Today is the first day of Uttarayan, the 6-month season which lasts from January 14 to July 14 in India.
The festivals that celebrate the changing of the season go by many names in India. Makar Sankranti, Pongal, Lohri, and so on. They coincide with January 13th/14th in the Gregorian calendar.
The reason why Makar Sankranti is celebrated more than any other is that it marks the day the Sun starts moving north and the auspicious …Read more
January 14 Pongal – Day 1
Day One of Pongal is called Bhogi or Bogi, and is dedicated to the storm god Indra. Indra is the leader of the Devas–the gods and celestial beings that watch over the heavens and control the elements–such as wind, fire, rain, and air. Indra’s weapon is the thunderbolt. In that way he is similar to the Norse Thor, though his status is higher. Indeed, Indra is the subject of roughly 250 hymns and stories …Read more
In Punjab, January marks a lull in the winter wheat harvest. Farmers plant wheat in October and harvest the crops in March or April. By January the wheat has sprung up and farmers rejoice in anticipation of a bountiful harvest.
The traditional Indian calendar has twelve months and two seasons: Uttarayan (January 14 to July 14) and Dakshinayana (July 14 to January 14). Today is Lohri, the last day of Dakshinayana, considered winter …Read more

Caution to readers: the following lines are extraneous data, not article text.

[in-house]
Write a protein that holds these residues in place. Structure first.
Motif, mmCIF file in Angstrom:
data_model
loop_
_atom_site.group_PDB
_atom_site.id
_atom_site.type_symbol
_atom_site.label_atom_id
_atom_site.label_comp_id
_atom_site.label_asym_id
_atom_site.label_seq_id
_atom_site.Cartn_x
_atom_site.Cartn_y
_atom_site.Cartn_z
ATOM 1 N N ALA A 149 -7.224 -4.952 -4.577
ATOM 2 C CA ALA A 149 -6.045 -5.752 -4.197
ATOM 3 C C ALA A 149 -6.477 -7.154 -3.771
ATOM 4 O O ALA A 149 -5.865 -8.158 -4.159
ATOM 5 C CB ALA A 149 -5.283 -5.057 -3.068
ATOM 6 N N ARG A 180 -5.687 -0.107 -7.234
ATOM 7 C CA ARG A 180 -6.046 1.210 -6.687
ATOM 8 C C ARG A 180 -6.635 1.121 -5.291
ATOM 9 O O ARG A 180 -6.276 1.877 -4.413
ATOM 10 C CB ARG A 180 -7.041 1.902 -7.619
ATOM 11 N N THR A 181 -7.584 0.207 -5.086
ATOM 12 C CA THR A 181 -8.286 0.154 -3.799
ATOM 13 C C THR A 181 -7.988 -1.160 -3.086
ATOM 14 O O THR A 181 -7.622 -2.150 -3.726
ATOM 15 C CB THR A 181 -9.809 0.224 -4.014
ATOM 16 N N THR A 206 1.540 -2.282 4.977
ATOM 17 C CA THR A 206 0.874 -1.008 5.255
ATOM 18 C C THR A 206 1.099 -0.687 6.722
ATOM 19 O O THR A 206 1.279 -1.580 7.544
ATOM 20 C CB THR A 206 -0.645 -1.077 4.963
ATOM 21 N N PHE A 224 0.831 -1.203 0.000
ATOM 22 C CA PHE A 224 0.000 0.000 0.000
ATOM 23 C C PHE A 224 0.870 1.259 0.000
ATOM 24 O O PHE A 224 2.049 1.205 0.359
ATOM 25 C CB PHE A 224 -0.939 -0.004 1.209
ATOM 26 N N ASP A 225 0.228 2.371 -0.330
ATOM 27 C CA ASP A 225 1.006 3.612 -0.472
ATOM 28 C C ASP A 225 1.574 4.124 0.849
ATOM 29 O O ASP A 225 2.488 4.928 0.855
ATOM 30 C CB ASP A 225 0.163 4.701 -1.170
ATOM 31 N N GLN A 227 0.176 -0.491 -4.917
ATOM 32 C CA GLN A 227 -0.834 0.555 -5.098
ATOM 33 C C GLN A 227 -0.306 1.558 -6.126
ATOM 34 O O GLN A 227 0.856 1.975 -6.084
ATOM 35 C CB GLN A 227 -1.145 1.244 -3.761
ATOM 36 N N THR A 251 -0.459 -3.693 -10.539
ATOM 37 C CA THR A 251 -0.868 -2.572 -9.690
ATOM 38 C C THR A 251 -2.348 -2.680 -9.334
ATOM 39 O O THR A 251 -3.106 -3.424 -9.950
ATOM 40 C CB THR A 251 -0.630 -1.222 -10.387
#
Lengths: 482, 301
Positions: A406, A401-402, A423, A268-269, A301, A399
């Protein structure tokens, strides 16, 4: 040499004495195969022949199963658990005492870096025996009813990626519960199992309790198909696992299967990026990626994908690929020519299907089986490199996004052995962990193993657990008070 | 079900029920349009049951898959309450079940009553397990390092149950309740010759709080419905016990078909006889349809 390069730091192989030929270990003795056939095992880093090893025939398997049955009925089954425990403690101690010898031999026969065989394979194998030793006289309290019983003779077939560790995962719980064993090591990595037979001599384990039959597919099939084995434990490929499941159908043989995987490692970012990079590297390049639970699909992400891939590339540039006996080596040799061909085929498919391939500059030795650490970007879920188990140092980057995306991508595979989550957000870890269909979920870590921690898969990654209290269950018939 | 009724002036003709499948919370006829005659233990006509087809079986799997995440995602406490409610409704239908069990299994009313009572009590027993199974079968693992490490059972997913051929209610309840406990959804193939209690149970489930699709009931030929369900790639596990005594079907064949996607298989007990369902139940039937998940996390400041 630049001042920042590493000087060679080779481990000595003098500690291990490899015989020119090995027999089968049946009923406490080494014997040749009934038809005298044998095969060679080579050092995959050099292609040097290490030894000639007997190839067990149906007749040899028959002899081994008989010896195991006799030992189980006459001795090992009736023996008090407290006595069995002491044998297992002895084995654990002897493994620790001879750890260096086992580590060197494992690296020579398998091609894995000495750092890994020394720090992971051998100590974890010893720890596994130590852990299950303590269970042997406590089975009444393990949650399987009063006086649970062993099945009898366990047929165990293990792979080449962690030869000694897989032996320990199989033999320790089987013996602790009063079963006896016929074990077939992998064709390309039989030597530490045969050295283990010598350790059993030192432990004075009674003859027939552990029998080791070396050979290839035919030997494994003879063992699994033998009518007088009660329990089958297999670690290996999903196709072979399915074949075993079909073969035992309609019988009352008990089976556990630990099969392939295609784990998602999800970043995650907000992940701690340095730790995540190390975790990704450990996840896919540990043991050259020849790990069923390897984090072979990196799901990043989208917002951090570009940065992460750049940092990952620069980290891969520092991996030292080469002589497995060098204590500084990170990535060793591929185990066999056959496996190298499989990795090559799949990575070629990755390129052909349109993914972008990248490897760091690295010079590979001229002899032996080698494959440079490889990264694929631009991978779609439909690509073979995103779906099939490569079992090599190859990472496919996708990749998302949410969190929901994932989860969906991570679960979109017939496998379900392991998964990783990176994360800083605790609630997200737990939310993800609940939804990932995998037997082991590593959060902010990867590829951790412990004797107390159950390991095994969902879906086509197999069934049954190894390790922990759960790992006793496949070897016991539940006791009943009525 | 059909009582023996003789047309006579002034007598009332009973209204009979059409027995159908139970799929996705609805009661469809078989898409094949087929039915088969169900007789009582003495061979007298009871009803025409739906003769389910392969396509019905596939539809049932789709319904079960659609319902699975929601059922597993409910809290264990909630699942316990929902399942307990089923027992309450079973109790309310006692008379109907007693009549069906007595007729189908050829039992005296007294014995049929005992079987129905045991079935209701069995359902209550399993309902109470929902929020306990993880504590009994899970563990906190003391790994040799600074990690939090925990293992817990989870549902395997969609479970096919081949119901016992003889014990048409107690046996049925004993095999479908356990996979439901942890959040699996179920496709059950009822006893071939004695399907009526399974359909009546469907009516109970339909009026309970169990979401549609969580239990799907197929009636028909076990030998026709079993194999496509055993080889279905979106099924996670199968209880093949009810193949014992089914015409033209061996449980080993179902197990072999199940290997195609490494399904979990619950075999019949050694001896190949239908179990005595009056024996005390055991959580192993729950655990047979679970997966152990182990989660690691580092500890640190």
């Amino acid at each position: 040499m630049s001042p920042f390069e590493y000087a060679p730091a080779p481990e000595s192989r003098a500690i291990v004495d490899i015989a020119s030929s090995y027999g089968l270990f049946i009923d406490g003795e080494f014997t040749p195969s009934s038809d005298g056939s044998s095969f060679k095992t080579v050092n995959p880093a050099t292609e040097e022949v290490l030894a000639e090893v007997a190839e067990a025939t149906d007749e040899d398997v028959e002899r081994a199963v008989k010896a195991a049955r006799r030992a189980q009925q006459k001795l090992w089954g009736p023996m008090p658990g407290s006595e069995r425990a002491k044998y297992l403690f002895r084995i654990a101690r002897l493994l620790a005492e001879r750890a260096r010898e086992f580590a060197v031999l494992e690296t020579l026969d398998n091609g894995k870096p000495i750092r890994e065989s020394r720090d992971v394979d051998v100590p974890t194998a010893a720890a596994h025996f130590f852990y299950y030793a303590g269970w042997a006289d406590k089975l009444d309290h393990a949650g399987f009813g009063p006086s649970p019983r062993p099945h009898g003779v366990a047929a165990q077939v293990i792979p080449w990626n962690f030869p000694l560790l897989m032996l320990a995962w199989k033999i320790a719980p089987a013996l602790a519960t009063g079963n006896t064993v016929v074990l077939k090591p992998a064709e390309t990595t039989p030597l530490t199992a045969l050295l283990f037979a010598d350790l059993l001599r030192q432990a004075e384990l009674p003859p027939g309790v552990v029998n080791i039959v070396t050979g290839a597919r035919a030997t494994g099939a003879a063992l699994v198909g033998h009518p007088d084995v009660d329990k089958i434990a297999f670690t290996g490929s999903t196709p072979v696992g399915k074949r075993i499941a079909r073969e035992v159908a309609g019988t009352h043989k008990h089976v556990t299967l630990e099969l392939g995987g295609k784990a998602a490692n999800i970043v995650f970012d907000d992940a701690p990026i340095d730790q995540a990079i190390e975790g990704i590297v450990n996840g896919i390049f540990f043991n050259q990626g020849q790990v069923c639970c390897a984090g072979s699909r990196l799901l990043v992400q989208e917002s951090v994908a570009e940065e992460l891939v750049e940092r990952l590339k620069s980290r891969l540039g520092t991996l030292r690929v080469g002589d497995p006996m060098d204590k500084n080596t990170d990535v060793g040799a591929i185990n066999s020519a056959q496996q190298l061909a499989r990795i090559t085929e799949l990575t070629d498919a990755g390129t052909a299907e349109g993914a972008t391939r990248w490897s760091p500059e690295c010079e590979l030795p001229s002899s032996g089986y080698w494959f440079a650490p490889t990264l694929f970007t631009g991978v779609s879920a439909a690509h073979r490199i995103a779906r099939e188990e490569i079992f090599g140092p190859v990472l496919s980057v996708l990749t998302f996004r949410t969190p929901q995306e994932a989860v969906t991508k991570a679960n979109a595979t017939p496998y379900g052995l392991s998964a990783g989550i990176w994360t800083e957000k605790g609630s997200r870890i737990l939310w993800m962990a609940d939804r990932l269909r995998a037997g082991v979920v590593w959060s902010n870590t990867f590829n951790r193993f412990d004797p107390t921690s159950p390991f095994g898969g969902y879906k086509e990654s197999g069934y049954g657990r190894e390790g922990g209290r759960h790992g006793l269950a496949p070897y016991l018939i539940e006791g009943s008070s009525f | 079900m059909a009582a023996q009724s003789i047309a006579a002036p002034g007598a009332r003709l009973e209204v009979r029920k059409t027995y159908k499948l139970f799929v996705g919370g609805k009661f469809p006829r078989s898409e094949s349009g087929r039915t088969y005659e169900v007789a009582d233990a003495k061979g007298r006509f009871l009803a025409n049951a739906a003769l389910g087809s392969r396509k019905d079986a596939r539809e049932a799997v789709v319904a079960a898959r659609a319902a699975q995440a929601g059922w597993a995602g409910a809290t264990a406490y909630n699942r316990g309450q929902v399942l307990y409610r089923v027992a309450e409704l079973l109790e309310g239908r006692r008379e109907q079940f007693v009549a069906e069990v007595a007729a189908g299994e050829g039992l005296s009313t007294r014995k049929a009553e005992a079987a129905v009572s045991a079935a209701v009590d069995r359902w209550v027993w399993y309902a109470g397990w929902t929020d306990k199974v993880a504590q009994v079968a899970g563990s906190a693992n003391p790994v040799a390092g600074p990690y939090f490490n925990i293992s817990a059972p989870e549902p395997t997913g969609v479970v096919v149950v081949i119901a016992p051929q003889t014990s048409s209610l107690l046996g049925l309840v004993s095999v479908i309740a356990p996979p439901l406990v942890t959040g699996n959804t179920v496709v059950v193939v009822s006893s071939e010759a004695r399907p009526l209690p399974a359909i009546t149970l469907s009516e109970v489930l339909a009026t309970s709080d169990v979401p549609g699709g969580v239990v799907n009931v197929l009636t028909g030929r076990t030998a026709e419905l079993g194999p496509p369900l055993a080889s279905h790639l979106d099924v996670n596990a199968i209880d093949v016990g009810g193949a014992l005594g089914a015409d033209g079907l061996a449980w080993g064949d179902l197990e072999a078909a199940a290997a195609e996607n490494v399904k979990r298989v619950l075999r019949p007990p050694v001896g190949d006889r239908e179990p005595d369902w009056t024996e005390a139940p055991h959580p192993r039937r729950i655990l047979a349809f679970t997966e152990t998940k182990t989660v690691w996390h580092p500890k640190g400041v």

2nd Monday in October
This weekend I shared something with my one year-old niece: our first Canadian Thanksgiving. She was born just after Thanksgiving last year.
The most glaring difference I’ve noticed between Thanksgiving in the U.S. and in Canada is that Canadian Thanksgiving is on a Monday. Other than that, it’s pretty much the same.
In the process of celebrating Canadian Thanksgiving, I have learned a few other things about our Canuck brethren and sisteren.
1. Conservatives …Read more
Second Monday of October
Newfoundland and Nova Scotia each lay claim to Thanksgiving celebrations even older than the Pilgrims of Massachusetts.
English navigator Martin Frobisher enjoyed a Thanksgiving meal on Baffin Island in 1578, and Samuel de Champlain established an “Order of Good Cheer” in 1606, after most of his men died out the previous winter from scurvy and malnutrition.
But according to Robert Ruby, author of An Unknown Shore: The Lost History of England’s …Read more
Vernal Equinox – on or around September 21 (Northern Hemisphere) “Blessed be, by the Lady and the Lord, on this Mea’n Fo’mhair. It is the time of the second harvest, one of fruit and wine abundance. Tonight holds equilibrium of all things. Everything is in balance with one another. God and Goddess, Life and Death, Light and Dark.” Immortal Boundaries, Aubrey Jones
References to the Welsh god Mabon ap Mydron (Mabon, Son of Modron, or ‘Great Son of the Great …Read more
September 12, 2011
The Mid-Autumn Festival is known as Eighth Moon because it falls of the full moon of the eighth month. It’s also known as Mooncake Day, because billions of mooncakes are prepared for this holiday. (Though billions aren’t necessarily eaten. It’s more like the Chinese holiday fruitcake.)
For generations, moon cakes have been made with sweet fillings of nuts, mashed red beans, lotus-seed paste or Chinese dates, wrapped in a pastry. Sometimes a cooked egg yolk can be …Read more
July 31-August 1
Book of Hours, August
Today is Lughnasadh! Not to be confused with Lasagna Day. That was July 29.
Also known by its more Christian name, Lammas, aka “Loaf-mas”, Lughnasadh marked the time of year villagers would celebrate the first Harvest, on or around August 1, by baking and sharing bread from the first grain of the season.
Lughnasadh is a cross-quarter day—days that fall directly between equinoxes and solstices—the others being Imbolc (Candlemas), Beltane …Read more